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Shhh … We can hear you cheating

10 months ago

We have a choice these days where we can watch matches on the TV with or without crowd noise. I prefer to watch with the noise but maybe the choice is a Marmite thing for others.

What is welcome is that even with the ‘crowd’ switched-on you can hear the players shouting at each other. You can hear them berating or encouraging each other, or screaming for the ball.

Its sounds just like any Sunday League match, except that our own Head Coach doesn’t do much shouting.

You can also hear the odd ‘Aw!’ as someone misses a sitter, which is always entertaining. If you didn’t hear the expletive, the commentator will usually alert you to it by apologising. This just prompts my kids to rewind and turn up the volume so that we can identify the culprit.

The player’s voices add a refreshing new layer of entertainment. Even at a live match you cannot really hear the players interact because of the crowd noise, especially if you are up in row ZZ.

There is a downside though. There used to be a time where when a player cheated, we could only SEE them doing it. Unfortunately, we can now hear them cheating too.

The softest of contact, or often no contact at all, and we are subjected to a shameful noisy display of deceit and chicanery. It’s becoming endemic, and sadly a number of Toon players are at it as well. Now that we can hear the faux shrieks of agony, it’s becoming much easier to identify the offenders.

The gymnastics, multiple rolls and agonised shin-hugging is always accompanied by a blood-curling scream of epic Hammer Horror proportions. It’s the sort of scream that you might let rip if you caught your bell-end in the Magimix while grating some cheddar.

This embarrassing display also involves an extended period of writhing in agony, while pounding the pitch with whichever limb doesn’t have multiple fractures. The replay will often reveal that the shattered body-part that the player is hugging, was not even the one his opponent barely touched.

During the writhing-in-agony phase the most serious fouls also entail you arching your head back, gritting your teeth, screwing your eyes shut, and encouraging the veins in your neck to bulge alarmingly. Think early experiments with the electric chair in the USA and you will get the picture.

If I injured myself to the extent that I screamed out loud, then writhed on the ground in agony shrieking and yelping for several minutes, I’m pretty sure that it would justify an urgent helicopter evacuation. I would also probably be getting fed through a tube up my nose for the next couple of months.

However, footballers are made of stronger stuff. Sometimes it doesn’t even need a dab with the magic sponge. A lift-up from a teammate, a couple of tentative steps, a short experimental sprint, and we have a miraculous recovery! Hard as nails these guys.

Law 12 of the FA Rules deals with cheating but they prefer to call it ‘simulation’. It is an example of Unsporting Behaviour and the rule is phrased like this:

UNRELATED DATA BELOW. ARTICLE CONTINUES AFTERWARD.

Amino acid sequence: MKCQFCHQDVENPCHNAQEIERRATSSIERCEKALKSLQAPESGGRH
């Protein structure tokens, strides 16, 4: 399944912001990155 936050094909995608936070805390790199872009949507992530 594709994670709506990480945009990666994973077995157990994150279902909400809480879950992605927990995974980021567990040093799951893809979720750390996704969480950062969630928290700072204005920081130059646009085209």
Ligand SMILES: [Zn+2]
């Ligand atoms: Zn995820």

There are different circumstances where a player must (My emphasis) be cautioned for unsporting behaviour including if a player:

• Attempts to deceive the referee eg by feigning injury or pretending to have been fouled.

It is to be noted that feigning injury or pretending to have been fouled are only given as two examples; any attempt to deceive the referee is an infringement and should earn a yellow card.

Going down when you weren’t even touched is obviously an attempt to deceive the referee. An Oscar-winning performance after the lightest of contact with an opponent is also an attempt to deceive the referee. We see, and now hear this happening on multiple occasions in every match at the moment; sadly some Toon players are guilty of this too.

If a player exaggerates their fall or their injury, they are attempting to make the foul (If there even was one) look both plausible, and far worse than the reality. They are attempting to earn a free kick or a penalty and have their opponent booked or sent off. They are trying to deceive the referee. They are cheating.

According to the FA rules if a player is guilty of this deception the referee must give them a yellow card. However, the number of yellow cards issued in these circumstances is negligible, and has actually fallen in the past two seasons.

With VAR a player can be found offside by the width of his toenail. I do not suggest that every foul should be examined by VAR, but when VAR does examine a potential foul it needs to look further, and look at the victim’s conduct as well as the alleged aggressor.

Simulation is not ‘Gamesmanship’ or ‘Part of the theatre’. It is cheating, and commentators and pundits should call it that and censure it far more than they do. Just because many players do it doesn’t make it acceptable.

And don’t get me started on the phrase: ‘Winning a penalty’. You don’t win a penalty, you get awarded one for something your opponent did. Winning a penalty suggests that you got one for something that YOU did! If you win a penalty you were probably cheating.

As for our own divers and thespians, you know who you are, and there is no excuse for your behaviour. When we hear your squeals of agony we know what you are up to, and I for one view your conduct with contempt. If some recent games had been refereed properly you would rapidly have been on two yellows, and been deservedly sent off for your theatrics.

Too many players in the Premier League are setting a terrible example to the younger generation of footballers. NUFC players should be better than this. I would prefer that we lost a match but I was proud of our sportsmanship, rather than win a match but be ashamed because we cheated better than the opposition.


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